Tim Van Horn is only 5 feet 10 inches tall. So when he looks at a bar propped up more than a foot higher than the top of his head, the thought of jumping over it can be a little daunting.
“It’s more of a mental thing,” said the Cal State Bakersfield senior high jumper. “When you’re looking at 6-11, it looks tall. … It’s scary going at it. But you just got to trust that you can do it. It really is just trusting yourself and trusting that you’re capable.”
Van Horn set his personal record of 6-11.5 as a sophomore, the same season he also won the Western Athletic Conference title in the men’s high jump. His junior year, he hit somewhat of a slump. In his senior year and his last competing in track and field, Van Horn is at the top of the WAC with a 6-11 best. He’s determined to finish the year as a conference champion again and break the 7 foot mark for the first time.
“It is my final season and that’s a lot of pressure,” Van Horn said. “I want to end on a good note. I want to win again. I just want to do the best I can while I’m still doing this because I’m not going to do it again after this.”
The 2017 season was Van Horn’s breakout year. He came a long way from the sixth grader who started in track and field because he didn’t make any of the other sports teams. He improved from a year earlier, when his personal record was 6-6.25.
In the second meet of 2017, Van Horn improved from his jump of 6-1.5 a week earlier to reach just one inch shy of 7 feet.
CSUB head coach Marcia Mansur-Wentworth didn’t initially believe it when it happened.
Van Horn finished the season as the WAC champion, then fell into what Mansur-Wentworth called a “lull,” which can happen after a breakout year, she said.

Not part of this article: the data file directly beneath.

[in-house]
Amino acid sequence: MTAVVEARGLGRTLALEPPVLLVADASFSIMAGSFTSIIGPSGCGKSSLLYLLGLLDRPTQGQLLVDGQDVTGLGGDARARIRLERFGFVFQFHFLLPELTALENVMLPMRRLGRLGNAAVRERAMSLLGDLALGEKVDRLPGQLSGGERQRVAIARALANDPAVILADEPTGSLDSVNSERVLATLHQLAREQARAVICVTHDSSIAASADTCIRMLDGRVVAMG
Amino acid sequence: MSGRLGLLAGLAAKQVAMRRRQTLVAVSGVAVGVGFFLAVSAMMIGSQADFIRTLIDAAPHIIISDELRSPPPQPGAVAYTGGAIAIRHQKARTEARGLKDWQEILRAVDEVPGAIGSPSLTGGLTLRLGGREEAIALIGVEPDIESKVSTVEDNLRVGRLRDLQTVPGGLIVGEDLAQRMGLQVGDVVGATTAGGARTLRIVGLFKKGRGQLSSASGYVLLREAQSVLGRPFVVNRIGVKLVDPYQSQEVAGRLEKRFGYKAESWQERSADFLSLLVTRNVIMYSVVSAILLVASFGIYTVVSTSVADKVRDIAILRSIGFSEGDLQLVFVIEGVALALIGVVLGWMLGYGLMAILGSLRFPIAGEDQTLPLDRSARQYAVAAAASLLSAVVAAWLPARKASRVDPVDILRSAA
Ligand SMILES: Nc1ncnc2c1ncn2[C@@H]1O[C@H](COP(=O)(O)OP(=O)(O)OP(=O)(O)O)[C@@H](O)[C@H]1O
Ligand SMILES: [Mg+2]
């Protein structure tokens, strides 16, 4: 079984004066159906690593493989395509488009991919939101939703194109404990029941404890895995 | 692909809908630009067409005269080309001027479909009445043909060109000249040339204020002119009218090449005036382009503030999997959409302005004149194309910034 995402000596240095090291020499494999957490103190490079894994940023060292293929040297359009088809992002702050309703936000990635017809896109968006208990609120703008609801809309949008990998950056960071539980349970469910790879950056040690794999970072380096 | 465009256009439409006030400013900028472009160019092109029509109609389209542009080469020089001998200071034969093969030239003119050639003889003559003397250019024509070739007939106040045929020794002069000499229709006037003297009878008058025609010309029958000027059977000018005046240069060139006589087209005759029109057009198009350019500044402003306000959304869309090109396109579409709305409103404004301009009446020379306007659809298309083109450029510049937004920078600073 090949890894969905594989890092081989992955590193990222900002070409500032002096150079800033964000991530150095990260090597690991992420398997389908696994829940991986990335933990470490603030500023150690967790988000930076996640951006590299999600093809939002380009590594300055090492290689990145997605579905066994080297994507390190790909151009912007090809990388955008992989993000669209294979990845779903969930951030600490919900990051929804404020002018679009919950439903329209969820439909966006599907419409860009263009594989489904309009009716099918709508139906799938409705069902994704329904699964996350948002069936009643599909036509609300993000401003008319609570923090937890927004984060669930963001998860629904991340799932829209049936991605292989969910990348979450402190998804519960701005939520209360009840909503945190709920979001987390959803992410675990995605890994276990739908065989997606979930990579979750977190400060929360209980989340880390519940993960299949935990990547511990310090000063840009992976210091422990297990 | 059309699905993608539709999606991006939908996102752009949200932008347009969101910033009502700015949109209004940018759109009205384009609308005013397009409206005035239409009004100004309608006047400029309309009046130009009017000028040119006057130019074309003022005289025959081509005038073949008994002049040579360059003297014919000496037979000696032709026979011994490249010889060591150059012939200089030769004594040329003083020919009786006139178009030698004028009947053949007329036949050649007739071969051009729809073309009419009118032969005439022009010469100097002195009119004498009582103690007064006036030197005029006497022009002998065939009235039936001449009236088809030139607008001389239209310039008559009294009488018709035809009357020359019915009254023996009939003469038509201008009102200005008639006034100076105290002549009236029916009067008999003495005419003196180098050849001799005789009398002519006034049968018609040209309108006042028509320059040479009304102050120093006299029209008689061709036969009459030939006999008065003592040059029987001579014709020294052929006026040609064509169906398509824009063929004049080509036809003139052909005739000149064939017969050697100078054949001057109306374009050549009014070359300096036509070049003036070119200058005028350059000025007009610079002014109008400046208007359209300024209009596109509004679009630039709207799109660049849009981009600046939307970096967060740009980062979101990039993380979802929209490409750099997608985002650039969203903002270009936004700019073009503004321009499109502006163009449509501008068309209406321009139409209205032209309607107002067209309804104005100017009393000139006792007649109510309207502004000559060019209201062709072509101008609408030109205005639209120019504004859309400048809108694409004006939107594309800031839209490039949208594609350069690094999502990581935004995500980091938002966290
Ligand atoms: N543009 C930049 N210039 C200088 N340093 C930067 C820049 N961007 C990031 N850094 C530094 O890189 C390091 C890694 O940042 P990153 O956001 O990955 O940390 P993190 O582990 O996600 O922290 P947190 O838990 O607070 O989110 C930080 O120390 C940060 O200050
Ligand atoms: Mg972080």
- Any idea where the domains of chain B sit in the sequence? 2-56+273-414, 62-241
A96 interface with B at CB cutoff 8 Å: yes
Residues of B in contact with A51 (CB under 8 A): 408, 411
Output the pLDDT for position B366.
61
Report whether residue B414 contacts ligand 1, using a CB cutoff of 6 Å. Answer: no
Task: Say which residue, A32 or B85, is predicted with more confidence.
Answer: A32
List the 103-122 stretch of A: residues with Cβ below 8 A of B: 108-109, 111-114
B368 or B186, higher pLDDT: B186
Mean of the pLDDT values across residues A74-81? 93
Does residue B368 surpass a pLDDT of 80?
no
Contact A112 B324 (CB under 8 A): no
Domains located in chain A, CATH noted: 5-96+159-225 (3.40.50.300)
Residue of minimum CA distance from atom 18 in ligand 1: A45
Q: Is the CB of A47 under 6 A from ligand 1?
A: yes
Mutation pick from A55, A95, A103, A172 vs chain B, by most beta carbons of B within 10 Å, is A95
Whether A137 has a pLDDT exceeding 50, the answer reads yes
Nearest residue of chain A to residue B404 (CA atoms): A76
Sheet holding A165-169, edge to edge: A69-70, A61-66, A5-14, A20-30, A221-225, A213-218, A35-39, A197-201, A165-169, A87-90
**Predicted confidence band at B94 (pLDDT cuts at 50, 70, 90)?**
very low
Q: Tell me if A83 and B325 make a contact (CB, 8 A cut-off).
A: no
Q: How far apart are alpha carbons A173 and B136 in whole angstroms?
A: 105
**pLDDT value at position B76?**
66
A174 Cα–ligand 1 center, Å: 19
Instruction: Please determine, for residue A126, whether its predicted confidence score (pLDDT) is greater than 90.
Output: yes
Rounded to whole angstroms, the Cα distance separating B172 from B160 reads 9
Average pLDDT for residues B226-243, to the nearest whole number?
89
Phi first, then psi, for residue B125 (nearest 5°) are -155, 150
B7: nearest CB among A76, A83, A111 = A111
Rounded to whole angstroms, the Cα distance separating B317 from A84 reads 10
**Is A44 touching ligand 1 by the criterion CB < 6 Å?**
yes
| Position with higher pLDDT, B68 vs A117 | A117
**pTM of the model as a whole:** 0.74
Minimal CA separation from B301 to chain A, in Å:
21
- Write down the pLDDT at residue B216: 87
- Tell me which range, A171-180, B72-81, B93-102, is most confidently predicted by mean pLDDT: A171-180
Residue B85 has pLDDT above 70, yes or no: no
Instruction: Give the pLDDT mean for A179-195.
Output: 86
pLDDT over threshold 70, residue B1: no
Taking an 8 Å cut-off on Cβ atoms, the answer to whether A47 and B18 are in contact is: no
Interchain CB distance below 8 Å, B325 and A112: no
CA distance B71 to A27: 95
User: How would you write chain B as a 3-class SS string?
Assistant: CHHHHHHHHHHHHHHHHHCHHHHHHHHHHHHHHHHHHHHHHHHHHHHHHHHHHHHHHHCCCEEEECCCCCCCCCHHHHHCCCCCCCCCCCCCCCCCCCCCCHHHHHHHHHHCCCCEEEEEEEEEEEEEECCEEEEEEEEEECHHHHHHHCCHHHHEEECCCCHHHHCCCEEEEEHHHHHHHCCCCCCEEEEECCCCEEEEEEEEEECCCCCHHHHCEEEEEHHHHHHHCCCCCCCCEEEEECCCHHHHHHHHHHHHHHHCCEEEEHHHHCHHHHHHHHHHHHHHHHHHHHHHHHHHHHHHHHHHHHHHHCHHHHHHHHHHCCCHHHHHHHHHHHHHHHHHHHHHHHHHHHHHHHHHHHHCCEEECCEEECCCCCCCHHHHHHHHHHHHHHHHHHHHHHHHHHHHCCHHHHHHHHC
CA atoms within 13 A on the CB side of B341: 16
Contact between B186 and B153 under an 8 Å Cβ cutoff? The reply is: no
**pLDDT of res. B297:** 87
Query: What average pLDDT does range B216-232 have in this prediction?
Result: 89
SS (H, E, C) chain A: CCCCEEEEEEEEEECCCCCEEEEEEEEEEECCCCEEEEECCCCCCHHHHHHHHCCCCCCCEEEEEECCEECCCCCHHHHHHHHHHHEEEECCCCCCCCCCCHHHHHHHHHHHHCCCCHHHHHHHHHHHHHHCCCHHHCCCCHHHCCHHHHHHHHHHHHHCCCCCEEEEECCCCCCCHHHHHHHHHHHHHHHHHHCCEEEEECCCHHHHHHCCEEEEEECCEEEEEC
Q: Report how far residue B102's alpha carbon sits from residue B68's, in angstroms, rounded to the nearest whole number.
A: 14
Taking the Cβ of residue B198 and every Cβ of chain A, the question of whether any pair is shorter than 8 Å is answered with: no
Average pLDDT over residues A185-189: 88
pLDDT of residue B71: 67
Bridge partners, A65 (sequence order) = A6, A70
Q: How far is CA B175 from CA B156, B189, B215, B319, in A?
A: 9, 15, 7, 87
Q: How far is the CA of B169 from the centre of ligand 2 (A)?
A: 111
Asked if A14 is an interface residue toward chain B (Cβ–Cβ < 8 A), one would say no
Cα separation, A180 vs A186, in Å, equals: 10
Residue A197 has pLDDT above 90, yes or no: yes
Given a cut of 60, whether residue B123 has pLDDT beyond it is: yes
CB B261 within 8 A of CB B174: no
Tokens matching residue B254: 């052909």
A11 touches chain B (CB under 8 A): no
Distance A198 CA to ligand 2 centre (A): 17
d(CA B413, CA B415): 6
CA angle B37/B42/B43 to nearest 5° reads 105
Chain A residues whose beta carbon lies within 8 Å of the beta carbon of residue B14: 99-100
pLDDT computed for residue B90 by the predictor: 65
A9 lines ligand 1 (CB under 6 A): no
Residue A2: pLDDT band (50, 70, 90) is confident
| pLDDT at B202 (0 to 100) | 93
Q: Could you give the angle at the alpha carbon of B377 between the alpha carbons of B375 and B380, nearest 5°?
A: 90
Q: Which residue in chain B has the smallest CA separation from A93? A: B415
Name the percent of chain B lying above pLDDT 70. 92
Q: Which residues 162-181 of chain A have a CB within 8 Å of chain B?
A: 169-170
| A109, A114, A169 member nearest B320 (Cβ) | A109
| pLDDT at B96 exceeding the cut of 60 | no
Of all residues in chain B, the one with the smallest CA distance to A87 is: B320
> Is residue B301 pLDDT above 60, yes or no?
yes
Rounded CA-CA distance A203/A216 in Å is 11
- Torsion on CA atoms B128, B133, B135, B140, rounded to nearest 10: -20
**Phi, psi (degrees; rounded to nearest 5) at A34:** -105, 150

The next season, CSUB’s other two men’s high jumpers, who had challenged Van Horn in practice and at competitions, were out. Joselito Flores redshirted and Justin McKinley graduated.
Van Horn recorded no height at five meets, didn’t jump higher than 6-8.75 and placed third at the WAC Championships.
“Everyone was expecting a lot from me,” Van Horn said. “And when everyone was expecting a lot I kind of like got in my head a lot. … You start overthinking it, and when you overthink it, you miss it, you mess up, you make mistakes.”
He revamped his offseason work, using plyometrics (jump training) shoes, a weighted vest and more lower-body weight lifting. Van Horn adjusted his approach to the bar, switching from sprinting to taking longer strides.
Despite missing four weeks prior of training — he had chest pain and then had to be cleared by a cardiologist — Van Horn has surpassed at least 6-9 each of his last three meets, including 6-11 in the most recent.
Now all that’s left is that final one inch to reach 7 feet and the WAC Championships in May.
“I want to win conference again, but the main thing is I want to jump 7 feet,” Van Horn said. “... I have four meets to do it.”